May 29: Will Buhari Finally Sack Service Chiefs?
It is almost five months after the House of Representatives passed a rare motion demanding the termination of the services chiefs as various parts of the country, especially the north, was facing an unprecedented scale of deadly attacks by Boko Haram, bandits, and kidnappers.
At the Senate, several lawmakers backed the call and urged Mr Buhari to take decisive actions to stem rampant killings of innocent and defenseless Nigerians.
In the On July 13, 2015, the President, Major General Muhammadu Buhari (retd.), in a sweeping shakeup of the nation’s security sector, approved the appointment of new service chiefs and a National Security Adviser. The appointments were made less than two months after his inauguration, having formally taken over the mantle from ex- President Goodluck Jonathan on May 29, 2015.
PRNigeria reports that a week after that, the leaders of the two chambers, Ahmad Lawan, and Femi Gbajabiamila, met with the president to communicate their resolutions.
While the House urged the President to sack the service chiefs and appoint new ones, the Senate sought the imposing of a state of emergency on insecurity.
Gbajabiamila said there was the concern of a “knee-jerk” decision regarding the service chiefs, and also whether the prevalent security problems fall under their job description.
According to a media report in February, though Buhari at the meeting saw reasons in the position of the House he was not obliged to act immediately as requested by the lawmakers.
A top National Assembly official was reported to have said that the President did not want to appear like he was taking directives from the legislature.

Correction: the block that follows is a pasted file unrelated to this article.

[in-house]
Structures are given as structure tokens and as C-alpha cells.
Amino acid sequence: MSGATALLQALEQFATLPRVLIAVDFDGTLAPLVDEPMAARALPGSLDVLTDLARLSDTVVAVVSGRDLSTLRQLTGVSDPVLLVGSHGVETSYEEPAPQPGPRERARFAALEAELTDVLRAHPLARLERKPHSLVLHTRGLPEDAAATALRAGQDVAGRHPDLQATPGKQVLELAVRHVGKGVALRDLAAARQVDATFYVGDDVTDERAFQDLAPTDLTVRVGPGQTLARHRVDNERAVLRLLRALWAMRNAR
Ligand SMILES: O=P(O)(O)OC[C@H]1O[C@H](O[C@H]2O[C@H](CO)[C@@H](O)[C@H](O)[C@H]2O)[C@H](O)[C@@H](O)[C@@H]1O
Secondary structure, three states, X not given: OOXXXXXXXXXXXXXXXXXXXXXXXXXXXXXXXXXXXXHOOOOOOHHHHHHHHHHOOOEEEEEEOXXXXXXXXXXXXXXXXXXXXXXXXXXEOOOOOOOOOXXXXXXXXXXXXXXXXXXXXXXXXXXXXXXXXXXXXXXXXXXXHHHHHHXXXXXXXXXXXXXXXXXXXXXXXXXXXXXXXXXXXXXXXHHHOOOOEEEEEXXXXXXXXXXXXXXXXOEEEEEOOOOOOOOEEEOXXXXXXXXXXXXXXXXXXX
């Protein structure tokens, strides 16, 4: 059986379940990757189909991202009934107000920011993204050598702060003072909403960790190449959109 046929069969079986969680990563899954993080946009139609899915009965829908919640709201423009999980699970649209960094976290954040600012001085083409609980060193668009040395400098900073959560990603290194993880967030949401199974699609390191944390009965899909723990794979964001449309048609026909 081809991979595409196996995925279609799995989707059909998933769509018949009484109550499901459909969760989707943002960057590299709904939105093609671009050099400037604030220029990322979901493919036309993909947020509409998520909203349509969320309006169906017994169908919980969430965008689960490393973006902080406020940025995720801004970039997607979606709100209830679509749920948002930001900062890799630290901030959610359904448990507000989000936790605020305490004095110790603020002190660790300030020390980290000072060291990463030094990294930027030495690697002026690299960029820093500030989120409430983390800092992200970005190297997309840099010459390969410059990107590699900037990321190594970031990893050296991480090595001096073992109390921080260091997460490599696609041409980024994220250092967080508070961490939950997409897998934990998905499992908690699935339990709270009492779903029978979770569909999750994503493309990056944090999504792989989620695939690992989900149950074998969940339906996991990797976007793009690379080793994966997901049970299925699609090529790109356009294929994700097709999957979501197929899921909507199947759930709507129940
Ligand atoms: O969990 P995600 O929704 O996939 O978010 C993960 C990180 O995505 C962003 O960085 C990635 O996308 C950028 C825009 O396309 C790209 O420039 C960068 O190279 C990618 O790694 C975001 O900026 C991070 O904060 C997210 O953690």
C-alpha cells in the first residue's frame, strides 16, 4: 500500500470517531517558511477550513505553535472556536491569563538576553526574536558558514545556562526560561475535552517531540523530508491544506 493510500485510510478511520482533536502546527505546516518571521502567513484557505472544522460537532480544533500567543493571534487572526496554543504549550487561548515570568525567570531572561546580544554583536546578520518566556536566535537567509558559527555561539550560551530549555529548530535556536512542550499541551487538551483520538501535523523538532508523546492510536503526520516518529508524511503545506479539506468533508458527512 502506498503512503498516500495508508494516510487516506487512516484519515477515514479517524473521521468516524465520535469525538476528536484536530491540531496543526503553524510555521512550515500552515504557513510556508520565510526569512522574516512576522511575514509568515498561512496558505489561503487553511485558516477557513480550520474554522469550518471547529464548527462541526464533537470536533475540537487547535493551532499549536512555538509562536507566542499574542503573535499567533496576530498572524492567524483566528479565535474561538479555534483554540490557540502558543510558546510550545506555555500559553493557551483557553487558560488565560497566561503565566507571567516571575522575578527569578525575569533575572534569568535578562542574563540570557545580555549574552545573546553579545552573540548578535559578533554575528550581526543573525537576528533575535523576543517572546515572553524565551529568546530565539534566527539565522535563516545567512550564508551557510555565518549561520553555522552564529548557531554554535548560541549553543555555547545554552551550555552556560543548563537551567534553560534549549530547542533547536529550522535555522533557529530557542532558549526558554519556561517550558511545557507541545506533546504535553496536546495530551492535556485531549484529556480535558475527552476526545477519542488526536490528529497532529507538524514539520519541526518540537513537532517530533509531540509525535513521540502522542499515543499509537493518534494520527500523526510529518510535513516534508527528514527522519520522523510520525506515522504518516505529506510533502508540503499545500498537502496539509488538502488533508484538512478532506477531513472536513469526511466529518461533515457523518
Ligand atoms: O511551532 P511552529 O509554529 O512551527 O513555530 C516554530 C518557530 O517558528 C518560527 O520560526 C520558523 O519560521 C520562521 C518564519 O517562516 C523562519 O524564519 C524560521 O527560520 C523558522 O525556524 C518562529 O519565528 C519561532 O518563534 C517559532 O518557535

The official said, the President was on the same page with the National Assembly but did not want to be seen as he was under the directive of the National Assembly.
It was learnt that the legislators argued that given the current cordial relationship between the President and the legislature, Buhari should act on the resolutions, just as he expected the lawmakers to act on his requests.
The source said, “There was the argument that for reciprocity he should act on the resolutions of the National Assembly since he too expected the lawmakers to yield to his proposals to the National Assembly.
“But the President felt he would decide by himself if he needed to (sack the service chiefs), not because the National Assembly said so. He is not taking directives from them.”
However, the President was said to be “truly embarrassed” by the security situation and admitted so to Lawan and Gbajabiamila at the meeting.
The official, who chairs a key legislative committee, added, “From the conclusions reached, he will eventually sack the service chiefs.
“He is buying time. What is not certain is when he will do it. He will allow some time to pass. If you know the President, he will not act now simply because the legislature wants him to sack the service chiefs.” Speaking with State House Correspondents after the their meeting, both Lawan and Gbajabiamila admitted that the case of the service chiefs was a key issue mentioned among the general discussions on insecurity.
Apart from the growing attacks by Boko Haram insurgents, which Nigerians are blaming on the delayed restructuring of the security architecture, others believe that the continued stay in office of the Service Chiefs poses another serious threat to the health of the country’s military.
Security experts and analysts have on several occasions lend a voice to the call on the military chiefs to quit.